Ranolazine, a newly introduced, FDA-approved antianginal agent, has more recently
been shown to have additional beneficial antiarrhythmic actions attributed to its inhibitory effect on
both peak and late sodium current. The first clinical evidence of ranolazine’s antiarrhythmic
efficacy has been provided by the MERLIN-TIMI 36 trial, which showed that ranolazine may
suppress both supraventricular and ventricular arrhythmias in patients with non-ST-segment elevation
acute coronary syndrome. An interesting observation of available studies is that ranolazine seems to
be more effective in pathological conditions, such as heart failure, ischemia, tachyarrhythmias or long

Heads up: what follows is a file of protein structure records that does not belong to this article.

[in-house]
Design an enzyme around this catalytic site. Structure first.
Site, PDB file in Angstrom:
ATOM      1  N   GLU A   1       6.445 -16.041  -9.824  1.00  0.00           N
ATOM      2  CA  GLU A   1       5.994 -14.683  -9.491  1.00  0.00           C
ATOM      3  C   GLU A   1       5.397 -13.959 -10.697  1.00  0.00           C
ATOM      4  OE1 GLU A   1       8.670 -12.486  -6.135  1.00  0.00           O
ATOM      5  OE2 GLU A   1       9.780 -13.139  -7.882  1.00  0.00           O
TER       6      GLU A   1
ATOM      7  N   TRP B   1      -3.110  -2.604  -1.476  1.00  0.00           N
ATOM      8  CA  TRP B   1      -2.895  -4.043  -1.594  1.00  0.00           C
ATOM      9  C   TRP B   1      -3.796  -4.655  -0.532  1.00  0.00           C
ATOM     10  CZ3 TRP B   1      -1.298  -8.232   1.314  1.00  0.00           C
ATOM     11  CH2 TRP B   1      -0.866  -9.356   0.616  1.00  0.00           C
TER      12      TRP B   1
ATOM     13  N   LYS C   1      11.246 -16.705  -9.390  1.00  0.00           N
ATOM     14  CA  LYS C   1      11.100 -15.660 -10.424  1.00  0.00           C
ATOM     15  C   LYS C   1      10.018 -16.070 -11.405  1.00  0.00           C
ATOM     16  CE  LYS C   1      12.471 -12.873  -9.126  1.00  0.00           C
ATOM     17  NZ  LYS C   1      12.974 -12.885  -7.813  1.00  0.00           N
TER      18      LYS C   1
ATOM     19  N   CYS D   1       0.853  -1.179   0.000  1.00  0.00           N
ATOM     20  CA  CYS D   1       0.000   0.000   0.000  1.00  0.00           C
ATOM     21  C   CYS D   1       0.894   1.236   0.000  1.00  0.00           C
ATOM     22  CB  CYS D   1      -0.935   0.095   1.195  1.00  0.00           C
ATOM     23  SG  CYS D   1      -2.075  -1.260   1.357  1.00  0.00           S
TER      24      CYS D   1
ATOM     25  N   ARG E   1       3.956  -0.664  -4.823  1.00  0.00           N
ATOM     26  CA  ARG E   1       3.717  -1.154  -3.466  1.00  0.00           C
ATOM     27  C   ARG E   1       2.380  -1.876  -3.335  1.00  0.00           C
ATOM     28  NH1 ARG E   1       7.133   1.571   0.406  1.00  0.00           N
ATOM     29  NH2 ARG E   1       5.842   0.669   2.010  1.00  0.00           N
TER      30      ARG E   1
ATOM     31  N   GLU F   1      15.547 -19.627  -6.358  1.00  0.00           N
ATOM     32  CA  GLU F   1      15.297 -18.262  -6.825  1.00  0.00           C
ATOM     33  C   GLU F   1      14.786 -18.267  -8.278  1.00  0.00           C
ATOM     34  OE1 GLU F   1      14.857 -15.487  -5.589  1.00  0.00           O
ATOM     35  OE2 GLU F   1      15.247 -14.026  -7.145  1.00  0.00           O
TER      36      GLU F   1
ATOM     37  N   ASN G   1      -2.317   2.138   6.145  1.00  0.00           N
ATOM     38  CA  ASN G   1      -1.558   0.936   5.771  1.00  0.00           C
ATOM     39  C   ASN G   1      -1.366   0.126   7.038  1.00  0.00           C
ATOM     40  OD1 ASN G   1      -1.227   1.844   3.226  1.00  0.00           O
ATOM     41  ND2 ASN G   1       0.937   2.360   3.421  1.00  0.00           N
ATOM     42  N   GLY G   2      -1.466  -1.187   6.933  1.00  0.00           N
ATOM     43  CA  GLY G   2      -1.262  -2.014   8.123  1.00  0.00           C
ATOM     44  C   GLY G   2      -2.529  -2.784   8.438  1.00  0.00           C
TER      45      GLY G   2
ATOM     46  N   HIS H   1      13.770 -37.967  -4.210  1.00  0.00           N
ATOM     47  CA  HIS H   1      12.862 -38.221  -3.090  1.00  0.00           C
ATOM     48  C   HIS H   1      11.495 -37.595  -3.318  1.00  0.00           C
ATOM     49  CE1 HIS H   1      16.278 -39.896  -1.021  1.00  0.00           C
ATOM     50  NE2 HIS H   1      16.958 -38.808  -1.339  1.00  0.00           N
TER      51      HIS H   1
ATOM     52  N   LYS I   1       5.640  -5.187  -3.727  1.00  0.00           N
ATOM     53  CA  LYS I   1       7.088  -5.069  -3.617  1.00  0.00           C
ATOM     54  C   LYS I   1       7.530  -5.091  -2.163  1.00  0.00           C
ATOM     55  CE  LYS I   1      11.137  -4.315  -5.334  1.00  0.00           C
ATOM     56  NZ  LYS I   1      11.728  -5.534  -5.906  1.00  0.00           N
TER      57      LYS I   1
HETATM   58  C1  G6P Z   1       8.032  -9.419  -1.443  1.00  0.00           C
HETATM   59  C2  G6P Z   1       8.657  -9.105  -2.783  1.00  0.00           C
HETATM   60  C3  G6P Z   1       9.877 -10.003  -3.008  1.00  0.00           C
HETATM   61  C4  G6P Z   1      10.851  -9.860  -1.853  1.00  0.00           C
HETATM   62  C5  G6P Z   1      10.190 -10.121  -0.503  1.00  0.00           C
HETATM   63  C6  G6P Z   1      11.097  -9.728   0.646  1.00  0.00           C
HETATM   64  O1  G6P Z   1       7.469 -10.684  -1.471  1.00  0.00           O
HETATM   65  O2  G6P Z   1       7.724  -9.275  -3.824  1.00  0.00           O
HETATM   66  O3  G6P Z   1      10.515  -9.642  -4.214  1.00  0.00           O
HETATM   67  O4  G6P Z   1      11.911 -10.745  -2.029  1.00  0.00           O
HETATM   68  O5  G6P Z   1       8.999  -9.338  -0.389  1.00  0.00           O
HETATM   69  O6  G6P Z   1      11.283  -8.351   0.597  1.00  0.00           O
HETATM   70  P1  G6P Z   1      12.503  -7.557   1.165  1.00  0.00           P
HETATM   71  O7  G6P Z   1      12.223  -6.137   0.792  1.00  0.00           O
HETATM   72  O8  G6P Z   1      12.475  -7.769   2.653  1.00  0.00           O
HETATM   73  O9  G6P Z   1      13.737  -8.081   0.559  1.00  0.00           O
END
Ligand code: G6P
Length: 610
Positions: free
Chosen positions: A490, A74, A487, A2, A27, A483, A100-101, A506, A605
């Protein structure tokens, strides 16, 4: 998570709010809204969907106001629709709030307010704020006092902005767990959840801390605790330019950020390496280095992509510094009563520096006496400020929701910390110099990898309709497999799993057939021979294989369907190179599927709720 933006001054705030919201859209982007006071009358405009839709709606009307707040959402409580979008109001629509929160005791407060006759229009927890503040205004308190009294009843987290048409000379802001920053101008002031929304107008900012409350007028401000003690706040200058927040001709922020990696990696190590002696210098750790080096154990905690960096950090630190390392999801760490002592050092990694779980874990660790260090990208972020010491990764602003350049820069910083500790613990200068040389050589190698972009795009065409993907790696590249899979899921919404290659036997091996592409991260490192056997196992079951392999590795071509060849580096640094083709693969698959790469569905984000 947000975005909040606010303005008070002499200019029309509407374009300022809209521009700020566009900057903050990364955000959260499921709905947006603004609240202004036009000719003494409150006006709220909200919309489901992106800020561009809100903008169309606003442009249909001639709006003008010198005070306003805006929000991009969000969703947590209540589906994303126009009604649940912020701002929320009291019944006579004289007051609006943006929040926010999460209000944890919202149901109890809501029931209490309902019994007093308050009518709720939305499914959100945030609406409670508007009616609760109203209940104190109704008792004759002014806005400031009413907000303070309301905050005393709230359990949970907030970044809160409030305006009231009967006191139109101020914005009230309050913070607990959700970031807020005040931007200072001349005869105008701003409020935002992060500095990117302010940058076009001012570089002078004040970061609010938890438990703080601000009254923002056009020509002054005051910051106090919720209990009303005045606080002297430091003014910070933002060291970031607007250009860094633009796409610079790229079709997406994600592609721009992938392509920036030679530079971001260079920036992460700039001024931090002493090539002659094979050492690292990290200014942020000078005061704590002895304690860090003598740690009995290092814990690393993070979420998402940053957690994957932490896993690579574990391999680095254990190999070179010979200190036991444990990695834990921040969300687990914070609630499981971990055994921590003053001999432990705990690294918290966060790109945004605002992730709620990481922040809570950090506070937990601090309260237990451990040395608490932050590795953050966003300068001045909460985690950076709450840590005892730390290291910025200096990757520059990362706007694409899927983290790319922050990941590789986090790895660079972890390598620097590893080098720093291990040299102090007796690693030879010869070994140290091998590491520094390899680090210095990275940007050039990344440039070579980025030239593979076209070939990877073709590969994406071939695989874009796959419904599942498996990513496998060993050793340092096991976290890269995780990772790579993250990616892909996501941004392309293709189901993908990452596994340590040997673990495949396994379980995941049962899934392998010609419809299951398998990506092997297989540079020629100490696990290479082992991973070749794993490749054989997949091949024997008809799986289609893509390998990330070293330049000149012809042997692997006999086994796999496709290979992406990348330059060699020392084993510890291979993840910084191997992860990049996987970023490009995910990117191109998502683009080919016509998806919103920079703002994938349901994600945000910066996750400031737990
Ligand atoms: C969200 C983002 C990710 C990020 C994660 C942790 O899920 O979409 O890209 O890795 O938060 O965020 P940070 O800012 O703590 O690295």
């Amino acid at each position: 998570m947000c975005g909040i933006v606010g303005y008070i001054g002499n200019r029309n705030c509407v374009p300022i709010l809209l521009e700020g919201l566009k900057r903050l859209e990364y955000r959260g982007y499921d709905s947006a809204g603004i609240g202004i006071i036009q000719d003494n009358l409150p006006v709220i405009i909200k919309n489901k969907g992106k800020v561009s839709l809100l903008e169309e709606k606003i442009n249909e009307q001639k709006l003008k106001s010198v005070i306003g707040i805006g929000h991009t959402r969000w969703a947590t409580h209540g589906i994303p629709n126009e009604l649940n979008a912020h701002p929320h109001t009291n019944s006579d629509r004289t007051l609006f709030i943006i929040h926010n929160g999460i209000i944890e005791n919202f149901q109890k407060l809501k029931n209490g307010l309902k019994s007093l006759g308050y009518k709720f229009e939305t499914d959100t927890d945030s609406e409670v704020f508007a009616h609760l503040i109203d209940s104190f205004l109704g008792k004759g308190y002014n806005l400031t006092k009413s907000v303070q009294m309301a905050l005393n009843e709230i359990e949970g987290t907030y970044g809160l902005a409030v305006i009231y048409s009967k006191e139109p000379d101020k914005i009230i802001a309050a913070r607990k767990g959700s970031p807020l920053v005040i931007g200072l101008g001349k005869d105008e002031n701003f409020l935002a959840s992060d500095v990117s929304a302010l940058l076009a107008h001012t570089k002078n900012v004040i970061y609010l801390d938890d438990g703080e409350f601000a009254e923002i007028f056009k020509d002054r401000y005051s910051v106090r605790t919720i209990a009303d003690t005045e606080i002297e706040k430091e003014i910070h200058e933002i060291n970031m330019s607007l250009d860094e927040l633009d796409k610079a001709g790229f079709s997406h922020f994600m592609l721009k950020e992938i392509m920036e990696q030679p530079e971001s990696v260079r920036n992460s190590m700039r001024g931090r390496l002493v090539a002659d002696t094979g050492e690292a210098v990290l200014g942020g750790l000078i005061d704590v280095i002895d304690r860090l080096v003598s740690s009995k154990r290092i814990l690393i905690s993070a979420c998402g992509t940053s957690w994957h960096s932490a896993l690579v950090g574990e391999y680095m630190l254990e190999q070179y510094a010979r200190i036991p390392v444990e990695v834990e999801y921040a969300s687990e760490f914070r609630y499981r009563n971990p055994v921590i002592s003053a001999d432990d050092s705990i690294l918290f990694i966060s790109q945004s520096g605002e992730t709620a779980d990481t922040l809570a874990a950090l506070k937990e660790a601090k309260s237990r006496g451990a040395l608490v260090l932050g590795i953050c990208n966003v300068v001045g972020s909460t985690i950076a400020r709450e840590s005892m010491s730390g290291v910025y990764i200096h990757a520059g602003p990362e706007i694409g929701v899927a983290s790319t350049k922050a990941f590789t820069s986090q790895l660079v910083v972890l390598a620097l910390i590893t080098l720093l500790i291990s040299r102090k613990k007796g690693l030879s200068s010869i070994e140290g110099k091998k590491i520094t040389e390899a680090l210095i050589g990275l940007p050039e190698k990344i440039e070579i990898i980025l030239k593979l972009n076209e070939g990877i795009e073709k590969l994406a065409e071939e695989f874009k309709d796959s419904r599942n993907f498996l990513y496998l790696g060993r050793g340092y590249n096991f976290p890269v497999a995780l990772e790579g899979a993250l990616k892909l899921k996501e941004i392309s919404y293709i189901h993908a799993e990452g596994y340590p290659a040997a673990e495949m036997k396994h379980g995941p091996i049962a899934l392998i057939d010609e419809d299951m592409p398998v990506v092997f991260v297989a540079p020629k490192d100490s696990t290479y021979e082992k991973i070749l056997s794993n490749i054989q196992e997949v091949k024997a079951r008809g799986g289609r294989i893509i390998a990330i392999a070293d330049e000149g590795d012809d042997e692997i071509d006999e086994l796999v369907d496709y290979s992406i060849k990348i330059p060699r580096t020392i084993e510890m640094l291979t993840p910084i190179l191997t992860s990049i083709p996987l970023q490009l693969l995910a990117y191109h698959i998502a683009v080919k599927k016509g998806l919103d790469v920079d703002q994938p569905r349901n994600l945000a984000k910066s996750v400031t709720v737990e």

QT3 syndrome, and has little effect on normal myocytes. Importantly, the drug may have an
antiarrhythmic effect without causing proarrhythmia. The mechanisms involved in the antiarrhythmic action of ranolazine,
experimental and clinical data for its antiarrhythmic efficacy in suppressing atrial fibrillation and ventricular tachyarrhythmias,
are herein reviewed. Current data from small randomized trials indicate that further larger randomized controlled trials are
needed that will examine the antiarrhythmic effects of ranolazine and its potential use in patients with arrhythmias.
Keywords: Antiarrhythmic agents, atrial fibrillation, late sodium current, myocardial ischemia, proarrhythmia, ranolazine,
ventricular fibrillation, ventricular tachycardia.
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